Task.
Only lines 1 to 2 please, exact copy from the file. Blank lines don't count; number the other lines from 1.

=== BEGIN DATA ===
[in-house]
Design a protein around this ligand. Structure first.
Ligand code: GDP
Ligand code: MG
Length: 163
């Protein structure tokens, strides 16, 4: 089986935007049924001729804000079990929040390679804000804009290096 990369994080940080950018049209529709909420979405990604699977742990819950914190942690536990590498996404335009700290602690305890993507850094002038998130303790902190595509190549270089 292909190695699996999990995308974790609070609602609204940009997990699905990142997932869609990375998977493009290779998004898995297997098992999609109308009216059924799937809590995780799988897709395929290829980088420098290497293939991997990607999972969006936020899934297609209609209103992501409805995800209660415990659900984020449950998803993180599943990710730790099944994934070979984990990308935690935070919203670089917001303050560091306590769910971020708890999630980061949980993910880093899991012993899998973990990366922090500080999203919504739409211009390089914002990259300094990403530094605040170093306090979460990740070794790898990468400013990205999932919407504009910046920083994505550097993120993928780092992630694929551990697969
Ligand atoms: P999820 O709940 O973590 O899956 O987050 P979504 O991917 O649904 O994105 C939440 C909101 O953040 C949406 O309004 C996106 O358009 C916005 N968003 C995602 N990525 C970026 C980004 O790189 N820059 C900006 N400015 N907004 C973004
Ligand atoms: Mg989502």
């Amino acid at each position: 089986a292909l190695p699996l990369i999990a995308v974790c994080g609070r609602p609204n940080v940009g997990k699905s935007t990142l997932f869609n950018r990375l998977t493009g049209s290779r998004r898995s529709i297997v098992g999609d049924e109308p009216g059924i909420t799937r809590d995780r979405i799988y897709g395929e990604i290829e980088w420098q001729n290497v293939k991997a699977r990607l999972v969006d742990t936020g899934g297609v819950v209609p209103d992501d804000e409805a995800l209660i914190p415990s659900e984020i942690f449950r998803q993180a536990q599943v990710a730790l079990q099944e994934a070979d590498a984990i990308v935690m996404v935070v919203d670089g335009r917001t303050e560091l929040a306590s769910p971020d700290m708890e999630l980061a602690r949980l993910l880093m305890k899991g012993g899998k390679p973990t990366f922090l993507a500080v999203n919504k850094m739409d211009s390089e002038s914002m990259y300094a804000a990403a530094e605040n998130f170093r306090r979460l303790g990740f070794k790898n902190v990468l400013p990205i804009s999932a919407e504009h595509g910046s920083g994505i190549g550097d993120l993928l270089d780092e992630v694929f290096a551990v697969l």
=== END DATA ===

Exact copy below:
[in-house]
Design a protein around this ligand. Structure first.